A business owner works on setting a fair salary.

Your Go-to Guide to Setting Your Salary

When you invest time, resources, and energy into your business, it’s reasonable to be compensated in return. But determining when, how, and in what contexts you should receive a paycheck are another matter. There isn’t a lot of clear guidance on what to do, and it can be a confusing process to set a salary that’s fair, predictable, and sustainable.

In this article, we’ll help you work through this topic and find answers to your salary questions.

 

Can my business support a salary?

This question is one of the first you should ask when setting up your pay. To answer it, you’ll need to take stock of the following factors:

 

Is my business covering its operating expenses?

Before paying yourself, take time to verify that your business has enough cash on hand to cover its expenses.

The net income you reported in your financials will provide you with an answer to this question. You’ll need to look at your most recent profit-and-loss statement (run it from your bookkeeping solution or create it with a template like this one), and you may also want to look back at your previous profit-and-loss statements, too, to ensure you have—and have had—more than enough on hand to cover regular, recurring costs and impending expenses.

 

Does the business have enough cash on hand to cover tax obligations?

If your business makes a profit, it will likely have tax responsibilities to meet at the federal, state, and local levels. Those obligations must be met. But how much you need to set aside depends on a number of factors, including how you’ve structured your business and the area in which your business is located.

Many experts advise setting aside at least 30 percent of your net income for taxes before spending or distributing what remains, but an accountant can help you determine your true tax obligations.

You can connect with an accountant knowledgeable in tax law at any of these firms:

 

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Is the business covering its debt payments?

Tally up your loan, lines of credit, credit card debts, and any other obligations that have a minimum monthly payment. It’s important that you have at least enough cash on hand to cover what’s required, and ideally, enough to apply extra against your debts, before considering a salary.

 

Does my business have enough savings on hand to cover a few months of expenses?

Business expenses such as rent, utilities, and wages are relatively stable and predictable from month to month, so looking ahead to upcoming expenses and determining if you can cover them should be a relatively simple task. However, make sure that you also have enough set aside to cover some emergencies to occur and the costs of growing your business.

Here, a fractional CFO can be a great resource. You can contract with a financial expert for a few hours each week or month to help you create financial plans and make calls that will improve the financial well-being of your business.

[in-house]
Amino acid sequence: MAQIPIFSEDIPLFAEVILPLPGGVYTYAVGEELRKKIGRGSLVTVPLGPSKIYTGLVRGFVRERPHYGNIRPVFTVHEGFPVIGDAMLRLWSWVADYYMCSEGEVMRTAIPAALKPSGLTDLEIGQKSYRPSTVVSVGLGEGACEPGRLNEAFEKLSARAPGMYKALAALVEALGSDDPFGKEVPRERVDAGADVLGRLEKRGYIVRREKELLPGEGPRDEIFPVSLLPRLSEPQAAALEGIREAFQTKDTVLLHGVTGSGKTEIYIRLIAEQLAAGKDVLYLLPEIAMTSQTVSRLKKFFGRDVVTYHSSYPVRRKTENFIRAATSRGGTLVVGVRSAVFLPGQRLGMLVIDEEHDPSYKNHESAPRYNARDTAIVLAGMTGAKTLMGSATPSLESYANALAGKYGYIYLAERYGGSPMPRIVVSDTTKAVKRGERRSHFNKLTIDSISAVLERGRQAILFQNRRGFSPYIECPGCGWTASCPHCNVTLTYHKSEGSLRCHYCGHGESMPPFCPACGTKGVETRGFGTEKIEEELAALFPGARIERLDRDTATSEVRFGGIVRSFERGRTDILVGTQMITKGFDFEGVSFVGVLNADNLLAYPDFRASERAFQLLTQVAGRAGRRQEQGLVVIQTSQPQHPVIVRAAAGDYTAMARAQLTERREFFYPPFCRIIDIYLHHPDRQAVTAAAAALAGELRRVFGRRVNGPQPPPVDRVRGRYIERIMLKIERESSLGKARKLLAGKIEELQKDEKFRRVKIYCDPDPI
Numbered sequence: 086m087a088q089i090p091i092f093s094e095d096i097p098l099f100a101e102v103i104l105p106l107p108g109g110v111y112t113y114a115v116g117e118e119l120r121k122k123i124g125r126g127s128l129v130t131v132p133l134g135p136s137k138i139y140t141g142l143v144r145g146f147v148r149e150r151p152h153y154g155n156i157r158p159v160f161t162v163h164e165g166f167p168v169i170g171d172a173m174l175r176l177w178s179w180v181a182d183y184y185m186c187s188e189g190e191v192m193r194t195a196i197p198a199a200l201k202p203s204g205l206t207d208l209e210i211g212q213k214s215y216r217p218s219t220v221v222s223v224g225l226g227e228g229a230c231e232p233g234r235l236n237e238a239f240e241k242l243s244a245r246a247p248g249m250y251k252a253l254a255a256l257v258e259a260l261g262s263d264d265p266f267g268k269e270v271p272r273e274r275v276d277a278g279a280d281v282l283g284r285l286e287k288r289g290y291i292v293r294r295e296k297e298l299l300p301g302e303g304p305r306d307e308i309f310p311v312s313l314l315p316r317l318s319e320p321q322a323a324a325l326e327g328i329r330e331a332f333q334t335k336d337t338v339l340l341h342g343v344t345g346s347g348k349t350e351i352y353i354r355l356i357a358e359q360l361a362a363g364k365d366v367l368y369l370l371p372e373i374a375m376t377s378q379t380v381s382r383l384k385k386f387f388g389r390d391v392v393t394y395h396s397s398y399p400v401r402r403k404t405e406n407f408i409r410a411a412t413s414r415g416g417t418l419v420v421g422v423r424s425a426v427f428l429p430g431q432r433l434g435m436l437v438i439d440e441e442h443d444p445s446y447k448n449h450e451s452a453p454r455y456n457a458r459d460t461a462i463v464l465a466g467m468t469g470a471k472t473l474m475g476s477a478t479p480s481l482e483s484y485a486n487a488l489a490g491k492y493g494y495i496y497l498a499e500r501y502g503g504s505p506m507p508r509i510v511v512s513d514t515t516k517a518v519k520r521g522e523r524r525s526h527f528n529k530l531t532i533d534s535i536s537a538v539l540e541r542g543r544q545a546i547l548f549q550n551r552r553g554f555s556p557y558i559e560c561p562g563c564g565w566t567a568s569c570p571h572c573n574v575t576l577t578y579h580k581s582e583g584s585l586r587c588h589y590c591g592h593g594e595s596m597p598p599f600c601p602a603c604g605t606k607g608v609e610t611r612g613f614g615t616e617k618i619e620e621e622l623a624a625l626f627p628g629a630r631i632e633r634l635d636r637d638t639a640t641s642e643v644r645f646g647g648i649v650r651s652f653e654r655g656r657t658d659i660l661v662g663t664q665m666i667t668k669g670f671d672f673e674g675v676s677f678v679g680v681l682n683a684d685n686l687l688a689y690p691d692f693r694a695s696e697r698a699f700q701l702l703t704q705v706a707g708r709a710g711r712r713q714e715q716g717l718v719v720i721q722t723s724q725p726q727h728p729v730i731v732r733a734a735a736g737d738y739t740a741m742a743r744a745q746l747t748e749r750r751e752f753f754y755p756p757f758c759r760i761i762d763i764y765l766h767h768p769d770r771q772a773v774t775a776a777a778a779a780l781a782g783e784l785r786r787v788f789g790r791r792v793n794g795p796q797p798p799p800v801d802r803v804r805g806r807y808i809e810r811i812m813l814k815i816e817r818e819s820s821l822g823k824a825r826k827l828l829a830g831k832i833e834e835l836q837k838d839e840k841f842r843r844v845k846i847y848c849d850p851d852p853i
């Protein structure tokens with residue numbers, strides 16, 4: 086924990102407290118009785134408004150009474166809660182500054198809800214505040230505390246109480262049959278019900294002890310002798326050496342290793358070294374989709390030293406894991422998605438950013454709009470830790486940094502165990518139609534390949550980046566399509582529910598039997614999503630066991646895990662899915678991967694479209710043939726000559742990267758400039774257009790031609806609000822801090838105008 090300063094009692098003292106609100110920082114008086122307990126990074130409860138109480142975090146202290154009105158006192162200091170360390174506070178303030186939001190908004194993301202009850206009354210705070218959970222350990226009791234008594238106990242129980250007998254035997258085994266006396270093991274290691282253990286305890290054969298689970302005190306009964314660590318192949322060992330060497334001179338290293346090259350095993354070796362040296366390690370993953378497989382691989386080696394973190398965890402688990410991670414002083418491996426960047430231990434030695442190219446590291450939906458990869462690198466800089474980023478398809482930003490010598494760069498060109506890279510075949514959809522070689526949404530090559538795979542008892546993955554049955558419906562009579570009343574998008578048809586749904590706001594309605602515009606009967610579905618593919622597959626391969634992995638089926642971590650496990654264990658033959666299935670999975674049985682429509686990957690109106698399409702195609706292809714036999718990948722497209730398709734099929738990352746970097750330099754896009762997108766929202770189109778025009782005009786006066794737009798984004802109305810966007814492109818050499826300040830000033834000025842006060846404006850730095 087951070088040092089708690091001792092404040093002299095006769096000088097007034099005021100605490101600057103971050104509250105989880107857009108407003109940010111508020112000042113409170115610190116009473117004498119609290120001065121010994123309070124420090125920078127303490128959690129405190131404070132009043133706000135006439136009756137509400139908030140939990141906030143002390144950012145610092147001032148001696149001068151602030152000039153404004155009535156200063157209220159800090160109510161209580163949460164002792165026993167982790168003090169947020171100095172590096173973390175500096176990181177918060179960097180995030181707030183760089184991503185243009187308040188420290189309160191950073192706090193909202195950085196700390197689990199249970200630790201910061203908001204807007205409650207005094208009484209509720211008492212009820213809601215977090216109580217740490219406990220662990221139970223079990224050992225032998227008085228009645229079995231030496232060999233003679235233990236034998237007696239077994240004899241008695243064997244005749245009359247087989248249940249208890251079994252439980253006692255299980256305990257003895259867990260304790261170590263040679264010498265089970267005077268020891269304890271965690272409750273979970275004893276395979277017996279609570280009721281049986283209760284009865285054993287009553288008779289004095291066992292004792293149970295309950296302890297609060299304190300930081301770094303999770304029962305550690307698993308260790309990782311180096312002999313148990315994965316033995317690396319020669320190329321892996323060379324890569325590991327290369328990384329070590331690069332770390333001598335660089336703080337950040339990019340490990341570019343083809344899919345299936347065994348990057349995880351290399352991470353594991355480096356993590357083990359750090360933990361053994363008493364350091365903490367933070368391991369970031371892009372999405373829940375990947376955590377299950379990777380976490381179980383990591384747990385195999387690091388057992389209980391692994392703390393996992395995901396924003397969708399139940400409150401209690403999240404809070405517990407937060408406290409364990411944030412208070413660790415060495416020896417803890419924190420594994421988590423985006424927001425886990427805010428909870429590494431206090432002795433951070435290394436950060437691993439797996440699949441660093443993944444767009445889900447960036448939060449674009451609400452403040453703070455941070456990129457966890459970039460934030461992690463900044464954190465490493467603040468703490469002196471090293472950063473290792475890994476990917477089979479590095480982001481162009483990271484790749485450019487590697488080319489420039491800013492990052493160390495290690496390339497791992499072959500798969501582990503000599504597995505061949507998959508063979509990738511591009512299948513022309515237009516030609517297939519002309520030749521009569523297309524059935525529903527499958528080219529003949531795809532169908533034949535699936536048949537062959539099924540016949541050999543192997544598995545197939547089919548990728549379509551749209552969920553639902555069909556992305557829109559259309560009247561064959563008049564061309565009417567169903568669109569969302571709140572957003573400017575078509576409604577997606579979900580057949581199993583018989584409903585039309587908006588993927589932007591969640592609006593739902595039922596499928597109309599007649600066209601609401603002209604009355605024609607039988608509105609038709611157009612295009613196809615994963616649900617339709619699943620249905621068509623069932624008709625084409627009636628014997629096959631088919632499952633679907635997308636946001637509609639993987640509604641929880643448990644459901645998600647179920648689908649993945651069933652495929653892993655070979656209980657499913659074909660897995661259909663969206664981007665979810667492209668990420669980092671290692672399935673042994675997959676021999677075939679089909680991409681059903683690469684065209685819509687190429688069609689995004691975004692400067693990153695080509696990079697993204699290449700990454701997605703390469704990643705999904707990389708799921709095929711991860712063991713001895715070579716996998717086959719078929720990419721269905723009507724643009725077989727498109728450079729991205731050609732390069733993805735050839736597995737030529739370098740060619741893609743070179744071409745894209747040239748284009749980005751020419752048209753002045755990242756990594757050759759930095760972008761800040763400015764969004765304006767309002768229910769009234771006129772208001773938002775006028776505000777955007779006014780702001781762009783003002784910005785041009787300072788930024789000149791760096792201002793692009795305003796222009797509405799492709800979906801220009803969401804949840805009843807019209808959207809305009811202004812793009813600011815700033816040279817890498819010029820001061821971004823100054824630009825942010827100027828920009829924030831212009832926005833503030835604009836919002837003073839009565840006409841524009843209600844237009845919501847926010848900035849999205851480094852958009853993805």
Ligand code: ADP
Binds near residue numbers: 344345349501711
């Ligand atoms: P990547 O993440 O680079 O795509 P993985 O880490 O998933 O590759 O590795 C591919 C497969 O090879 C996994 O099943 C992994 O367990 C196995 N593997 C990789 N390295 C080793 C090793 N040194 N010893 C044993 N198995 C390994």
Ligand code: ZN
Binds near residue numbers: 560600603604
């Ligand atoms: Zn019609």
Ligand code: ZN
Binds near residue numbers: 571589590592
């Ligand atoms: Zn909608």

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Refer back to the four questions we just shared. If you can answer “yes” to each of these questions, you’ll likely have enough on hand to begin collecting a regular salary.

 

How much should I pay myself?

If your business can afford to pay you a salary, find out the maximum amount you can take without creating more debt. In most cases, that amount is the absolute ceiling you should place on your salary. However, it’s not necessarily the number you should commit to.

Instead, look through your own expenses and set a livable salary. Make sure you can cover your costs and have enough left over to experience some comfort.

If your livable salary is within the range of what your business can pay, proceed with confidence. You can always change it later after ensuring your business can cover the cost long-term.

But, if your livable salary exceeds what your business can pay, you’ll have some work to do before proceeding. Take on these two tasks:

  1. See if you can cut your personal expenses to work within the salary your business can offer today.
  2. Review your business expenses and trim some fat to free up additional cash.

 

Should my strategy change as my business grows?

Many advise owners of maturing businesses another strategy: You can determine what you’re worth by setting and holding your business to a fair hourly rate rather than what you need to earn to get by. Keep in mind that the rate should be reasonable for your business and one it can afford to cover over the long term.

 

How do I factor tax and legal considerations against my salary?

Sometimes, you’ll need to work within other constraints when setting up your salary. The structure of your business is one of those constraints.

If your business is organized as a sole proprietorship, you can claim whatever salary you believe is fair and sustainable without looking to others for guidance.

However, if you have partners or shareholders, you’ll need to account for others’ views of what’s reasonable. You can rely on industry salary guidelines, geographic salary information, and job title payroll data to find some precedence for a fair salary.

Taxes might not constrain what you can take, but tax law can help you choose paths that benefit you or your business in a given year. For example, rather than taking a straight, simple salary, you and a tax advisor could explore the following options:

  • If you own stock in your business, you could pair a modest salary with dividend payments from your shares.
  • You could pay yourself entirely through stock or stock options.
  • You could award yourself carefully timed bonuses to create favorable tax scenarios.

 

Would you like to connect with an accountant who can help you with tax strategies? Check out some of our favorite firms here.

 

What’s next?

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